As a fellow parent of a three year old, I can relate – their amazing imagination, playfulness, ability to hold a conversation and of course, their skills in an ultimate stand-off with their parent when they just DO NOT want to do something. But what are the typical play and communication skills we look for in a three year old? And what can you do as a parent to continue to foster their development?
A 3 year old would exhibit these communication skills:
- Shows you an object when you say what it is used for (e.g., ‘Show me the one that you cut with’)
- Follows two-step instructions (e.g., ‘Get the book and put it on the table’)
- Understands location words (e.g., on, in, off); quantity words (e.g., all, one, some); describing words (e.g., wet, dirty, soft)
- Puts 3-5 words together in a sentence (e.g., ‘He took my ball’, ‘Daddy’s gone to work now’)
- Carries on a conversation using 2 to 3 sentences
Uses basic grammar (e.g., eating, toys)
- Asks ‘what’ and ‘where’ questions (e.g., ‘Where are we going?’, ‘What’s that mummy?’)
- Speaks smoothly without stuttering
- Uses these sounds correctly: p, b, m, w, t, d, n, k, g, h, y, f, s
- Is understood by familiar listeners 75% of the time
“Play is the most natural environment for a child to learn and acquire his use and understanding of language.” Paul, R. 2007
A 3 year old would exhibit these play skills:
- Interested in playing with other children
- Forming friendships (e.g., showing affection and concern for friends)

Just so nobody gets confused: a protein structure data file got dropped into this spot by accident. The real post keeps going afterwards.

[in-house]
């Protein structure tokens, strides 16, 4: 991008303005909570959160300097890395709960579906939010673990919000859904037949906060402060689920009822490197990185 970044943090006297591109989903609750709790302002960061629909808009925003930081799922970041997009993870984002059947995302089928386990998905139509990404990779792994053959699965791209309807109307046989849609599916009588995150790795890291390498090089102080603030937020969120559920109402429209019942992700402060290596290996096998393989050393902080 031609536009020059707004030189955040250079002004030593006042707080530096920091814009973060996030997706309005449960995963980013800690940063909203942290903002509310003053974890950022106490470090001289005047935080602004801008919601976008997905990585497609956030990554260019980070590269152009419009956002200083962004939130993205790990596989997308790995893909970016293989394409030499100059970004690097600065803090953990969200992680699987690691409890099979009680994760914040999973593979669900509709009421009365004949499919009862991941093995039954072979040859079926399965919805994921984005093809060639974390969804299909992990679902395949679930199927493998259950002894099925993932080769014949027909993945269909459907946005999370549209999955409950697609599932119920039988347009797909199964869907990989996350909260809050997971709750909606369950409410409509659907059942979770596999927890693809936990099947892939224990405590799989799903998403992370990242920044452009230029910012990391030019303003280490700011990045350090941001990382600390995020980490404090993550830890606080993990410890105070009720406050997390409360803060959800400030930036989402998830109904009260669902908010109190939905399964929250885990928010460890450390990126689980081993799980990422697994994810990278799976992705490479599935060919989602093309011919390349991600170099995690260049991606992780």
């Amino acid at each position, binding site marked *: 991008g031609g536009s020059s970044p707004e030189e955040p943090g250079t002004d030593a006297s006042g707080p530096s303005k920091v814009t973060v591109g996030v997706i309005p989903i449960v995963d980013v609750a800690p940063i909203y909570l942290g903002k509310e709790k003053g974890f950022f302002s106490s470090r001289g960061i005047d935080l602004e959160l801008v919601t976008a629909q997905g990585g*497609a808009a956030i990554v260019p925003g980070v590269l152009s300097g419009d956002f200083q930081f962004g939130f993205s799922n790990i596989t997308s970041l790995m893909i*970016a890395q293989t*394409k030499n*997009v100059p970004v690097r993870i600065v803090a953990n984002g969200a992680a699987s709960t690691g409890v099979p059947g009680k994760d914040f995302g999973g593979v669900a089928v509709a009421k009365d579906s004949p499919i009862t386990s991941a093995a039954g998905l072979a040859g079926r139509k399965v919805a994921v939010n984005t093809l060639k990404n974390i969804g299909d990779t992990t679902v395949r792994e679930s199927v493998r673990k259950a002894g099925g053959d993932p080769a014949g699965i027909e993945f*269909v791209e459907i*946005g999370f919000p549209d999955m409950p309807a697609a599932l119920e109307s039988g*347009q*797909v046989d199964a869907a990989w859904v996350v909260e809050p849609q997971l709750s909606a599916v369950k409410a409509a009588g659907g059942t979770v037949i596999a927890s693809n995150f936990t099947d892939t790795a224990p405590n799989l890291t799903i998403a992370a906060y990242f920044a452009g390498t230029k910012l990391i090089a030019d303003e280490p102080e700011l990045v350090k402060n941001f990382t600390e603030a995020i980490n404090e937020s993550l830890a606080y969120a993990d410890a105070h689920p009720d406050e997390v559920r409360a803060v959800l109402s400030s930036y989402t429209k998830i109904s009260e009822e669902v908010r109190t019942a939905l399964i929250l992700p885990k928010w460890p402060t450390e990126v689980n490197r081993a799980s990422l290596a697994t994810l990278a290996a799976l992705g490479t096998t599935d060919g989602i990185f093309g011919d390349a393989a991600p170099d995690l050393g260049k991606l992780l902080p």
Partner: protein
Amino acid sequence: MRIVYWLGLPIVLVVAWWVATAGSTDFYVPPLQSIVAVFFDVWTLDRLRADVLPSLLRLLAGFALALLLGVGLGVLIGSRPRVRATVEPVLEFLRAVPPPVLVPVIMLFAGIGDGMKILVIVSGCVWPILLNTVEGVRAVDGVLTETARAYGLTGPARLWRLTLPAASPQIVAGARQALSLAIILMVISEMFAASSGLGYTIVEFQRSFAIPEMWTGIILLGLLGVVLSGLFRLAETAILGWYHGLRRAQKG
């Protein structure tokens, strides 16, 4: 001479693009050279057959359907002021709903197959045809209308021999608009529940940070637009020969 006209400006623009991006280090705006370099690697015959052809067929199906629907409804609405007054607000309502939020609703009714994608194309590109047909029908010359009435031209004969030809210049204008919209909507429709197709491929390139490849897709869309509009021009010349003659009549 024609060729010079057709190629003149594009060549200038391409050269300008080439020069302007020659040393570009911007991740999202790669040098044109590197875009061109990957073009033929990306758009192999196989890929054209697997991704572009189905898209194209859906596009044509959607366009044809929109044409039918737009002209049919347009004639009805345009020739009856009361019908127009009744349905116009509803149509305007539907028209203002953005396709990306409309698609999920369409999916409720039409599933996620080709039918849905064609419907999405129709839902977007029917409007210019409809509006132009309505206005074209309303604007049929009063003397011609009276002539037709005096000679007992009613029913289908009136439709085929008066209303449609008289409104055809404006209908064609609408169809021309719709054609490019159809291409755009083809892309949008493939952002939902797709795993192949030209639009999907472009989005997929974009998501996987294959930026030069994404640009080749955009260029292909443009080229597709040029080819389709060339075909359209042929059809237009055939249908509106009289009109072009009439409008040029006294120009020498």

- Imaginative play (e.g. pretending to be a firefighter or a doctor) and playing cooperatively in small groups (e.g. taking turns)
How you can support your 3 year old’s development:
- Give your child lots of playtime: play helps preschoolers express feelings like joy, excitement, anger or fear. Your child might like messy play in sand or mud, play with puppets or toys, or outdoor play with plenty of running, tumbling and rolling.
- Make time for creative and artistic play: this might be painting, drawing or dress-up games. Musical play is another idea – your child might like to dance, jump around or make music with simple instruments.
- Read with your preschooler: reading together, telling stories, singing songs and reciting nursery rhymes all encourage child’s thinking, learning and talking.
- Play games with your child that involve learning to share and taking turns. When you play, say things like, ‘Now it’s my turn to build the tower, then it’s your turn’, or ‘You share the red blocks with me, and I’ll share the green blocks with you’. Sharing is still hard for children at this age, so give your child lots of praise when he shares.
How Little Birdie Book Boxes will nurture your 3 year old:
We have identified all the great things about being a 3 year old – play play play! All our activities are play-based and provide opportunities for your child to grow in every way – speech, language, reading, fine motor, gross motor, play. It’s all there for you and your child to enjoy together!
Check out all our available boxes and subscriptions on your Shop page.
Language Disorders from Infancy through Adolescence: Assessment and Intervention (3rd ed.) by Rhea Paul, 2007.